When children get to that awkward age between the ages of 10 and 13, that horrible pre-teen phase, parents are continuously faced with the same question when looking for anything for their child – is it too childish? That question is almost always followed up by “is it too grown up?” – there just never seems to be anything suitable for pre-teens.
With that being said, organising a child’s party (or casual pre-teen gathering or whatever it is they are calling it they are calling it) is something of a minefield. You don’t want to embarrass your child in front of all of their friends (well, maybe a little bit – but in a good way) by throwing a party suitable for children half the age. So, what is a parent to do?
Ask for your Child’s Input
Now that your child has reached double digits, they are going to have a pretty good idea of what they want. So, it only makes sense to ask them what they want at their party, starting with where it should be held.
Your idea and your child’s idea may not/probably won’t be the same. Discuss ideas with your child and work out what you can and cannot realistically deliver. For example, your child may want their birthday party to be held in the VIP lounge at Old Trafford because they’re a Manchester United fan, although your finances probably won’t cover that. Ask what they would like, discuss with them what is possible and meet in the middle – your child is turning into a young-adult, so it is time to speak to them like one.
As your child grows older, they will want to be seen to act more grown up. Any party that you plan for them should reflect this, but also encompass youthful innocence – after all, they are still a child at the end of the day.
Start with the decorations and other fixtures and fittings. Opt for refined, but colourful, decorations such as bunting and balloons as well as other, more sophisticated, partyware such as luxury party bags, keepsakes and activities. Trade in childish games for music and a dancefloor – whether you hire a DJ for the day/night is completely up to you. After all, most smartphones give you the capability of storing hours of music and creating your own playlist.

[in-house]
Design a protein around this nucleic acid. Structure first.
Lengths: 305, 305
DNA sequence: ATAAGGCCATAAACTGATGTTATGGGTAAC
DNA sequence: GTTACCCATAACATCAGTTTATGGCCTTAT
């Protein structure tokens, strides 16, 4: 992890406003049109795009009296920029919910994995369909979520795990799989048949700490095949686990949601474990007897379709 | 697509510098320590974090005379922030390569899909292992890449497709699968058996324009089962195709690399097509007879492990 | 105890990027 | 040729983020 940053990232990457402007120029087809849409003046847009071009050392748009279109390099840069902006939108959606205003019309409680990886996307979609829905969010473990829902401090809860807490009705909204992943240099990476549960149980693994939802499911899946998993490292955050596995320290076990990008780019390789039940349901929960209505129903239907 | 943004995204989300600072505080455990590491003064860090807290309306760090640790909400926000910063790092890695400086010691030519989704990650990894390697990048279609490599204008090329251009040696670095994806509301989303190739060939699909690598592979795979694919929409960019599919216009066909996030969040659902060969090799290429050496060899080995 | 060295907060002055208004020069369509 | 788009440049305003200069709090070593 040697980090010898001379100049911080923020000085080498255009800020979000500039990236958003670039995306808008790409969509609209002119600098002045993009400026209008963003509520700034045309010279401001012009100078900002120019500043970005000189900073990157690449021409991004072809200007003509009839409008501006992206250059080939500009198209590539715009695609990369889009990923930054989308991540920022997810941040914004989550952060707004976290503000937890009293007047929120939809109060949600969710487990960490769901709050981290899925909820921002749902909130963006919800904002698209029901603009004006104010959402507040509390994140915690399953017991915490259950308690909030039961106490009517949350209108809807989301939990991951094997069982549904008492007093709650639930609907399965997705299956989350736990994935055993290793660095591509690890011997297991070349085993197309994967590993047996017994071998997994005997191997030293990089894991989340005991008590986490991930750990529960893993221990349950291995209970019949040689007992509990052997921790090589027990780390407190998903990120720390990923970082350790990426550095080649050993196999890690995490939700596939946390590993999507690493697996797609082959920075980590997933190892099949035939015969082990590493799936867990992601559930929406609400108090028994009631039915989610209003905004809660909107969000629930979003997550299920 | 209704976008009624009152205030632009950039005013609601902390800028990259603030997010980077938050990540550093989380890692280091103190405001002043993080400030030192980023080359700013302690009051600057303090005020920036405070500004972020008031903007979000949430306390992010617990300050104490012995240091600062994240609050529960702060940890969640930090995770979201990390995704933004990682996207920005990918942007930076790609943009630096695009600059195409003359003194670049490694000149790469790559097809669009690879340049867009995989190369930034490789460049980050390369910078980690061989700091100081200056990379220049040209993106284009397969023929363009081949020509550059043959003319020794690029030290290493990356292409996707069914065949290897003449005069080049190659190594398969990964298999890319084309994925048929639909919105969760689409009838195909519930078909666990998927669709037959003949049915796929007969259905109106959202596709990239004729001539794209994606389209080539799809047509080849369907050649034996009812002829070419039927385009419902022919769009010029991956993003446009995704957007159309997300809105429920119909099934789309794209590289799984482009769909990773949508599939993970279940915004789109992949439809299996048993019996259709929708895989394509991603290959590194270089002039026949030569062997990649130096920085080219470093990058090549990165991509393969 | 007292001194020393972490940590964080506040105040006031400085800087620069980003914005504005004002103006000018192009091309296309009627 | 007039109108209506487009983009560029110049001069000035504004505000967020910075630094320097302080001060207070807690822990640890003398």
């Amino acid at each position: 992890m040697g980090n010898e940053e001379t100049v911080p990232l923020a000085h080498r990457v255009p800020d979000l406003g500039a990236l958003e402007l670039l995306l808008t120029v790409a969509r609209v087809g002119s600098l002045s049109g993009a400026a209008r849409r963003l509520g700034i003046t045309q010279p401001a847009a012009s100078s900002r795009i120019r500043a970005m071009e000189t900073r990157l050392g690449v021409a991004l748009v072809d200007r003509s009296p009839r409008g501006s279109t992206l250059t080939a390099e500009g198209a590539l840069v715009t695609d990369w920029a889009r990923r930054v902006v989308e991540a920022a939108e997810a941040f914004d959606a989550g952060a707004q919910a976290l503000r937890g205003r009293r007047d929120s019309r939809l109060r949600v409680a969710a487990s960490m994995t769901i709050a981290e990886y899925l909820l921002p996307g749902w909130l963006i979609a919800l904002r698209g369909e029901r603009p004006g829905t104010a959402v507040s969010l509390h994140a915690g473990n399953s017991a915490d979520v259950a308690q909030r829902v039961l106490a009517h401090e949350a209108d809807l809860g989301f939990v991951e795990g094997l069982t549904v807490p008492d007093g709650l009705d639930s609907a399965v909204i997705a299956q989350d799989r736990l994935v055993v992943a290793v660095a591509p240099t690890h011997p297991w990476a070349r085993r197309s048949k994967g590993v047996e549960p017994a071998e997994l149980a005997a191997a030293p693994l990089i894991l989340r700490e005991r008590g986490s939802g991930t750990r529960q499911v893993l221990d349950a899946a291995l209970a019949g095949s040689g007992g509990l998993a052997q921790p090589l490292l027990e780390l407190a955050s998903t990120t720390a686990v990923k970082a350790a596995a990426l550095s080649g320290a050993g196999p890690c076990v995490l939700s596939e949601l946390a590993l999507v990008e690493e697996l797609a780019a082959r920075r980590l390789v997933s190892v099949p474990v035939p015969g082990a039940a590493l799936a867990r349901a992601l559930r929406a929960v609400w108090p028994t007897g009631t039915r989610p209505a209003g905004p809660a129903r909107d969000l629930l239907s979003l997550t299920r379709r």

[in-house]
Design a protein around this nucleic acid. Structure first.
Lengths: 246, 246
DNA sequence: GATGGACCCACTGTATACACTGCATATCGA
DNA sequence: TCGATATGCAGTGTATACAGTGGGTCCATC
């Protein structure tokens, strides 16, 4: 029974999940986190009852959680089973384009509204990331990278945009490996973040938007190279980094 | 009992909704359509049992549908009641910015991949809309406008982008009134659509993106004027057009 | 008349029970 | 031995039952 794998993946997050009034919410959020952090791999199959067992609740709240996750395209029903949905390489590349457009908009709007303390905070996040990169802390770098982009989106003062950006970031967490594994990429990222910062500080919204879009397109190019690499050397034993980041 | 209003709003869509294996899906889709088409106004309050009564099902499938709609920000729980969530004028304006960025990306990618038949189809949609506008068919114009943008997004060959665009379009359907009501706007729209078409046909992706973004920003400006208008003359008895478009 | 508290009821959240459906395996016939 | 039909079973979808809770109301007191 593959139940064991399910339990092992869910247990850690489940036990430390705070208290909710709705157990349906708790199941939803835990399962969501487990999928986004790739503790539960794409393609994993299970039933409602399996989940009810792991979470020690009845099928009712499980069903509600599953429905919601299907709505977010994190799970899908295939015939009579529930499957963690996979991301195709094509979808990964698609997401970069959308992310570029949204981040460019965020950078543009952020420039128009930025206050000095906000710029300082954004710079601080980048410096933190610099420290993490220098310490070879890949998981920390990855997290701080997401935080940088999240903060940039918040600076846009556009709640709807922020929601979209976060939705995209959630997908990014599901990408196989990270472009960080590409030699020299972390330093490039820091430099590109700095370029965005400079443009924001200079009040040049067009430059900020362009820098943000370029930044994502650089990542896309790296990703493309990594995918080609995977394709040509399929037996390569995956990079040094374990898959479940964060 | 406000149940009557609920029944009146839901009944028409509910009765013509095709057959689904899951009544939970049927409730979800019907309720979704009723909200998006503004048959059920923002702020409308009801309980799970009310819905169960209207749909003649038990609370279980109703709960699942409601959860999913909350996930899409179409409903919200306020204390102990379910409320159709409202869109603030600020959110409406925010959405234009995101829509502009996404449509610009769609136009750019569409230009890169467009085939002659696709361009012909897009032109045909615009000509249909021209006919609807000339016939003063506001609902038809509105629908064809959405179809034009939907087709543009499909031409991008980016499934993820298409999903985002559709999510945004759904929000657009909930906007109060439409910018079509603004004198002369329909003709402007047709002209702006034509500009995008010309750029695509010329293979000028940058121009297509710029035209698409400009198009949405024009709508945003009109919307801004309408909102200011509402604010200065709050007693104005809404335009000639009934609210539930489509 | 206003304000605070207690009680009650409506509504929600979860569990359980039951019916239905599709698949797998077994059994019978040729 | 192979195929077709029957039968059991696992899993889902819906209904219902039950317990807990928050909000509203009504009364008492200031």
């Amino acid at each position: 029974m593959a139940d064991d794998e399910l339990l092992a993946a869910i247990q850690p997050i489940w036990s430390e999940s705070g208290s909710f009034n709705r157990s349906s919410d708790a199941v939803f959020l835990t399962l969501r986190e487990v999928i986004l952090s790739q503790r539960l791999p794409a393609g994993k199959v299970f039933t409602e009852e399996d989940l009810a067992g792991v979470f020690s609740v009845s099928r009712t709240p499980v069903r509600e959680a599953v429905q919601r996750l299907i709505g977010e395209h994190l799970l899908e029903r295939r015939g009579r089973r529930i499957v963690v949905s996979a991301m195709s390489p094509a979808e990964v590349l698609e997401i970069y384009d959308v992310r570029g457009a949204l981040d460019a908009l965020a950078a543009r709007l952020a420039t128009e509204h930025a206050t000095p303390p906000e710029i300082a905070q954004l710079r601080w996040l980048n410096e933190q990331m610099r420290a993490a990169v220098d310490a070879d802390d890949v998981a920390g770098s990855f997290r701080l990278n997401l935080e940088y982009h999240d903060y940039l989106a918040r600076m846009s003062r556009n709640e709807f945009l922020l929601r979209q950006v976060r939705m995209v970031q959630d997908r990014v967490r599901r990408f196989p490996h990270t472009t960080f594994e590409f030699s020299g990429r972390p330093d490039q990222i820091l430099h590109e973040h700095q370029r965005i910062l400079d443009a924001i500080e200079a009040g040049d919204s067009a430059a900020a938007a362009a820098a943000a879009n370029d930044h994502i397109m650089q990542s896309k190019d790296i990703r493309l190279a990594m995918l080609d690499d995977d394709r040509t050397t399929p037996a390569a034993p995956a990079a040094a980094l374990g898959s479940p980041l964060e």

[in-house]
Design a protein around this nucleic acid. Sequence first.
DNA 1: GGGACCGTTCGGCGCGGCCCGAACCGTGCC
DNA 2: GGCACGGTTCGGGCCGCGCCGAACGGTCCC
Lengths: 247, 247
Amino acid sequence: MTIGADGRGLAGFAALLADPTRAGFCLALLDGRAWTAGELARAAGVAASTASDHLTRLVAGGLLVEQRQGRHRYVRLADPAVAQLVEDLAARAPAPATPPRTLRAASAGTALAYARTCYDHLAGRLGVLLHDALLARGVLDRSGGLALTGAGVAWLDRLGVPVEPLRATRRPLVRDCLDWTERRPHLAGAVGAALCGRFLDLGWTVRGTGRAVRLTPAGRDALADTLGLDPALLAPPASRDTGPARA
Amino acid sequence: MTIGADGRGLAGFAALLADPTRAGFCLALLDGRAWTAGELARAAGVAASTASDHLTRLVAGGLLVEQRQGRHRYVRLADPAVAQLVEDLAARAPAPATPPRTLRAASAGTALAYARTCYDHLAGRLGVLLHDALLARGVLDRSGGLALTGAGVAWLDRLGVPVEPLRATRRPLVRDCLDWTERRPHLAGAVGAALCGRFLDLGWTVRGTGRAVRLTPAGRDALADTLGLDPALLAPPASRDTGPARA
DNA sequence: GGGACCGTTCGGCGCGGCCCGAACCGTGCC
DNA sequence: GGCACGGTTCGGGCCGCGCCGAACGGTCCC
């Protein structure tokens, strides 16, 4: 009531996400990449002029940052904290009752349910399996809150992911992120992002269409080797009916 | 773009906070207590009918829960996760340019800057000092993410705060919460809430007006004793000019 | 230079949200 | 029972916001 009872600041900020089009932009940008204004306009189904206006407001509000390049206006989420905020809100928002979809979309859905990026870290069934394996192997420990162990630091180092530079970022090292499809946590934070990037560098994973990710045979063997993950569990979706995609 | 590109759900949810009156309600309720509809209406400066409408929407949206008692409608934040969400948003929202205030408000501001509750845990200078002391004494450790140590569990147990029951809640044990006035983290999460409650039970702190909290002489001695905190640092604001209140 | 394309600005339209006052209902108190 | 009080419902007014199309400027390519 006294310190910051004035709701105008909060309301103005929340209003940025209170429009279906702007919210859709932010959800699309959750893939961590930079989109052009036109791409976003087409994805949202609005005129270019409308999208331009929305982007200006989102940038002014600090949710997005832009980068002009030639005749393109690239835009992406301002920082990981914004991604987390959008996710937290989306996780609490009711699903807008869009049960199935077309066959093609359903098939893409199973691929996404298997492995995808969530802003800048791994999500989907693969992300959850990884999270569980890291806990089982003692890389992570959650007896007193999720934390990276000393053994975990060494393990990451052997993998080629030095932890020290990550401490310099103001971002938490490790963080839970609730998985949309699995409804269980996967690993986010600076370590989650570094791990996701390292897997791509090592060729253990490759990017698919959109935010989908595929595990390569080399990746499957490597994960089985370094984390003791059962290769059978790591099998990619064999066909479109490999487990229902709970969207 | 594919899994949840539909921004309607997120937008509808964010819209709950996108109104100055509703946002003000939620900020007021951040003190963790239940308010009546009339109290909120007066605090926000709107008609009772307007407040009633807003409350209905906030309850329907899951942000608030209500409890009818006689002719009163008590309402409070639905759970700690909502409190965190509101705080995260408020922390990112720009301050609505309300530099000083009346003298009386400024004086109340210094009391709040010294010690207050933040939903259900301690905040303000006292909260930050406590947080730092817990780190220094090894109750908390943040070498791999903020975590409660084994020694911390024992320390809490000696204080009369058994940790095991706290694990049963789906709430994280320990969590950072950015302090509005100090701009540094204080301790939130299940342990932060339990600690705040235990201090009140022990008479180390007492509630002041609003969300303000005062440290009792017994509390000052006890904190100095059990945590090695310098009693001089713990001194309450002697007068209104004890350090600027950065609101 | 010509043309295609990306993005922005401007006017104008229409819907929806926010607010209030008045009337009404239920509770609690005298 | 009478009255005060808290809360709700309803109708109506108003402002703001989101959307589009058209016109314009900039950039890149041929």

The party is one thing, but the presents are something else. You don’t want to be too childish with the party, so you certainly want to put thought into buying a present suitable for such an awkward age. They are much too old for toys, but are they really going to make use of a laptop?
At this age, electronic devices such as tablets and games consoles are king. They are probably a bit too young to settle for a voucher (although by all means include one as part of the gift) as they are still at the age where they want to have something to open up.
Simply ask for ideas of what they want for their birthday (if it is a birthday you are organising a party for) and go from there. As their parent, you will have a good idea of what they will get most use out of and what will be confined to the shelf gathering dust.
Make the Most of It While You Can
Above all else, make the most of organising your child’s parties while they still want you to, because the age where they want to do their own thing is just around the corner. You might look forward to it now, but you will miss having to run around after them.